Winter is wearing off. The icy cold covering on my heart is slowly melting away. The seasonal shift from cold, grey winter to warm spring – to growth and new life – has been ongoing for about a year or so now.
Jay and I had come to a point, 3 or 4 years into this path of infertility, where we did not believe in much. Months and months of disappointment. Feeling the pain of a longing unexplainably unfulfilled is bad enough, but masking that pain for the sake of not dumping the weight of it all on our friends and family became utterly exhausting for us both. Our relationships with God were both hanging on by a thread and our relationship with each other had seen its fair share of bad days and disconnect. Our hope and faith was whittled away to almost nothing with each month of disappointment.
I felt like Artax in the Neverending Story…stuck in the swamp of sadness, unable to move…to do anything and yet, not let anyone know that this was our reality. (Smile…smile…smile and pretend everything is good.) Our situation – this infertility junk – felt TOO difficult for me. I was reaching my breaking point. Jay knew it…I knew it…and no one else.
Then like the Samaritan woman, Jesus met me. For one of the first times in my life, I had a real life experience with God and Jay witnessed it. Jay and I had just received the bad news that we were NOT pregnant again this particular month. I was an emotional mess and Jay, being the truly loving husband he is, knew he had to get me out of the house. We went for a movie and then I needed to go by Target to get some unmentionables. (Side note…at this point, I was playing this game where I wouldn’t buy these particular “items” in an attempt to sike out my cycle…maybe?! I don’t know…wink)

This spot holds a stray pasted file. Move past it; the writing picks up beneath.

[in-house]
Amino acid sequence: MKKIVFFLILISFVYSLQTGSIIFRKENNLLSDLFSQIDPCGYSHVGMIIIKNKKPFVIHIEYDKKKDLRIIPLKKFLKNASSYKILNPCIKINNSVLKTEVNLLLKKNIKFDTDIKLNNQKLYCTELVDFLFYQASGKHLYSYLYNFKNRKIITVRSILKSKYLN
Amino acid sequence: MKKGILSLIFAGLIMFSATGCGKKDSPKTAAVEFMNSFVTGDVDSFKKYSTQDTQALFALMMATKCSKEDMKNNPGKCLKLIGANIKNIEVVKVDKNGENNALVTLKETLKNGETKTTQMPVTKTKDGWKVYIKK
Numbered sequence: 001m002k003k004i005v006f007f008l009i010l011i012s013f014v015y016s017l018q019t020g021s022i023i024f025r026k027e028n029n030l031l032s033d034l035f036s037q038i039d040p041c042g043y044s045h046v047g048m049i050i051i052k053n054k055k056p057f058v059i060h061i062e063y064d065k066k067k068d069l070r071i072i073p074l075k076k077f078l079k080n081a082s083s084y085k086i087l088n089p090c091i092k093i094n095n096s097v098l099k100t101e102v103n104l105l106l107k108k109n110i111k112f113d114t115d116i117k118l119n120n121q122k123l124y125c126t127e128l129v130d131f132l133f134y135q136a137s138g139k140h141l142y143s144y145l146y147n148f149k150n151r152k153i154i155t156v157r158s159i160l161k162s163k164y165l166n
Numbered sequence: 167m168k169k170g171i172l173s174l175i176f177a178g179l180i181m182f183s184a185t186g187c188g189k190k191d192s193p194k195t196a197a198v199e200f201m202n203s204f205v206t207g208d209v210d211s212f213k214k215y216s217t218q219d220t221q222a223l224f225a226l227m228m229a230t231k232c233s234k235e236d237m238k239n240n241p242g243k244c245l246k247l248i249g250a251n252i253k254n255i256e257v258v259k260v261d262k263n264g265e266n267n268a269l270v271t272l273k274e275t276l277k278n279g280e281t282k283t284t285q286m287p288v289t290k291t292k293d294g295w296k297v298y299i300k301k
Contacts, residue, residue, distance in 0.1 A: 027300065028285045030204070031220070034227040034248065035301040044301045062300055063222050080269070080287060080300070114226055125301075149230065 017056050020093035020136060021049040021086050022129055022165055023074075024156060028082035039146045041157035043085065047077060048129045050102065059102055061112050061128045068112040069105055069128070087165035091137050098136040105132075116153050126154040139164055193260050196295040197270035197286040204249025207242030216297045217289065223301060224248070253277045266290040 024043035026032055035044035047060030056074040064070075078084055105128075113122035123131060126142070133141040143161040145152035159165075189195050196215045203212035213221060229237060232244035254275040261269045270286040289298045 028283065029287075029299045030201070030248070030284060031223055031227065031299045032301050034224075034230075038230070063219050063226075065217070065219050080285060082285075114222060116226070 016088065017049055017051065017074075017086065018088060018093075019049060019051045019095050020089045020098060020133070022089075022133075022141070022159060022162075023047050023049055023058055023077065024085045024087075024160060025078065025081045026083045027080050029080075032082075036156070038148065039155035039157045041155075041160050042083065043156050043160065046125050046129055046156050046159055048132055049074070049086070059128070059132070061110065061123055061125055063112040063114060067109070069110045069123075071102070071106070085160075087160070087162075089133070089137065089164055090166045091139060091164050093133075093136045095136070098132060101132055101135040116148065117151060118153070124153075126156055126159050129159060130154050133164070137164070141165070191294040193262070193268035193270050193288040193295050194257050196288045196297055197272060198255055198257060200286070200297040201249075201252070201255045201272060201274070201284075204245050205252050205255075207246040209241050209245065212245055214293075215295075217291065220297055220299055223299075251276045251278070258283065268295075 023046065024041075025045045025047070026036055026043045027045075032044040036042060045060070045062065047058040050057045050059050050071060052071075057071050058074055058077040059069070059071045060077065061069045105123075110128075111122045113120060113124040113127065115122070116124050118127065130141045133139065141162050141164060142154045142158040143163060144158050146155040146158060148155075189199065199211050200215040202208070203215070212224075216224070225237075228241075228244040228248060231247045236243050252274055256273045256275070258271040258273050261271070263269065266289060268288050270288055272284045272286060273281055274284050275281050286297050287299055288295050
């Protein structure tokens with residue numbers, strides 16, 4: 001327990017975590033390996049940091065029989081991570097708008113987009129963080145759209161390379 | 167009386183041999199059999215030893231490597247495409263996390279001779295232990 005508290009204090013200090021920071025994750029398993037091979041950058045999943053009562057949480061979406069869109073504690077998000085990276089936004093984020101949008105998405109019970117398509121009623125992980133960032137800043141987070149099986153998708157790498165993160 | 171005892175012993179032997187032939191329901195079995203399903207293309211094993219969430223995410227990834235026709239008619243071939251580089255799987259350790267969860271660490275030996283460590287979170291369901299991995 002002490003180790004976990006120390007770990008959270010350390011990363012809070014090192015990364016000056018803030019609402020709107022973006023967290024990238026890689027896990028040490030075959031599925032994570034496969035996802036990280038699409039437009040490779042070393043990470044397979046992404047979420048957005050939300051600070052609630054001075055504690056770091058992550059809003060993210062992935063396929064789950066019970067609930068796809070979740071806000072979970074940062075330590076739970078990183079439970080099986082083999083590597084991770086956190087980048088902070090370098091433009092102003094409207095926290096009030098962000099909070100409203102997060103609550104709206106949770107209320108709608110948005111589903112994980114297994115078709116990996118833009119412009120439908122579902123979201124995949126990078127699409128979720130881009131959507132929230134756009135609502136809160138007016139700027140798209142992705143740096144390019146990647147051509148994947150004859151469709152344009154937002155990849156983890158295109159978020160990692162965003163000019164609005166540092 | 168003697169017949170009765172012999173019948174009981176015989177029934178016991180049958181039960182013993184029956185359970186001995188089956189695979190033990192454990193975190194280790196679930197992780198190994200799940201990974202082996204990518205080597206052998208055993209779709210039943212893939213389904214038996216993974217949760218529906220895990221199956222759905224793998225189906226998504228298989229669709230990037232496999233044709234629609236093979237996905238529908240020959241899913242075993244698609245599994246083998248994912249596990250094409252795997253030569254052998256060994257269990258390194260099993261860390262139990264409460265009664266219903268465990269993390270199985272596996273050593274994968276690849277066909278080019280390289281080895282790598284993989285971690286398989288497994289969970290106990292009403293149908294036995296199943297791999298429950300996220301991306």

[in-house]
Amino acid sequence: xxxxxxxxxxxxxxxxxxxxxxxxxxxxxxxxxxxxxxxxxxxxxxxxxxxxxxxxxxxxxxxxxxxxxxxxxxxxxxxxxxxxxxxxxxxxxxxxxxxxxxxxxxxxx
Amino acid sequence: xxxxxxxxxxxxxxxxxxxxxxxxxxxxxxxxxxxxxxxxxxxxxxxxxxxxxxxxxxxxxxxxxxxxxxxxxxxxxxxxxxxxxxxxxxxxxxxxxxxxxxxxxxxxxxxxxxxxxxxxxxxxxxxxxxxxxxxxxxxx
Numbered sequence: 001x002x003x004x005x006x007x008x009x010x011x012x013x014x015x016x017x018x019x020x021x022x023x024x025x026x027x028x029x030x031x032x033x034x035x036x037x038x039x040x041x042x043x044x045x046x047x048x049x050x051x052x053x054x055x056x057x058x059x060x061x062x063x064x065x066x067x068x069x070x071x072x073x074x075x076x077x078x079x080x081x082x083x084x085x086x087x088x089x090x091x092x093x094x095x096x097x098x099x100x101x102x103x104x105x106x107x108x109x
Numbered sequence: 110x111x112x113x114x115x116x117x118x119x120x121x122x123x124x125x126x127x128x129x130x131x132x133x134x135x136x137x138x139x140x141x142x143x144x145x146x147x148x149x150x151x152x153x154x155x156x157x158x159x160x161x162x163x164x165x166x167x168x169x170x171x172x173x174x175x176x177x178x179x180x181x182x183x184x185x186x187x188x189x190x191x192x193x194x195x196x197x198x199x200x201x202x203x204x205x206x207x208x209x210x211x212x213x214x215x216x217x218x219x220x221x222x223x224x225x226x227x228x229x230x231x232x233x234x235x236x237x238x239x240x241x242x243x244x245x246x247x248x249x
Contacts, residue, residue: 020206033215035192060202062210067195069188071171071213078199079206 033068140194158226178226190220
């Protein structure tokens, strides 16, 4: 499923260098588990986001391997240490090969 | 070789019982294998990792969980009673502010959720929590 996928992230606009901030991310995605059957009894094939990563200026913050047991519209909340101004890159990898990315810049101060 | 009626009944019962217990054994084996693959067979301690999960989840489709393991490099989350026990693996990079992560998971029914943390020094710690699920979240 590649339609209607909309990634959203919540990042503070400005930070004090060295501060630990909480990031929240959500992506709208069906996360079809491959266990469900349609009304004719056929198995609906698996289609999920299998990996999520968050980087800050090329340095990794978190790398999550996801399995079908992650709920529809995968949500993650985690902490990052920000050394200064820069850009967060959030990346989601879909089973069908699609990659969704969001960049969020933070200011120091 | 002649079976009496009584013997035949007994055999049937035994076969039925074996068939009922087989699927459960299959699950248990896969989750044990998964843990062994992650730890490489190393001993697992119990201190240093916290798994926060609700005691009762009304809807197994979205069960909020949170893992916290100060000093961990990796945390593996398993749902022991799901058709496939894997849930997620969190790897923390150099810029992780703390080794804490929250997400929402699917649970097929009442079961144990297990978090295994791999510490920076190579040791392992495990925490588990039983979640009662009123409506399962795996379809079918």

So, back to my story…he dropped me off to run in for a minute and get what I needed. As I roamed the aisles and made my way to the feminine products, I noticed a group of 3 or 4 teenage girls. They looked right at me and then laughed. Feeling like I was back in middle school again, I put on my best “get lost” face and kept walking. I was in no mood for judgmental teenagers. I grabbed what I needed and turned the corner. There they were, looking and giggling at me…again. Annoyed and with a little fearful pep in my step, I managed through the checkout line and called Jay to make sure he was ready with the car.
I walked out of the door and there they were again…like they were waiting for me. I thought surely I was going to get mugged (by little teenage girls) or worse, hit up for some fundraiser. Luckily, there was a police patty-wagon right out front. But I put my phone up to my ear quickly to pretend I was on the phone and to NOT to be bothered. I got in the car, shut the door and then Jay said “What’s going on?” I looked up and the girls were RIGHT outside my window. Totally freaked out, I rolled down the window and said “What’s up?”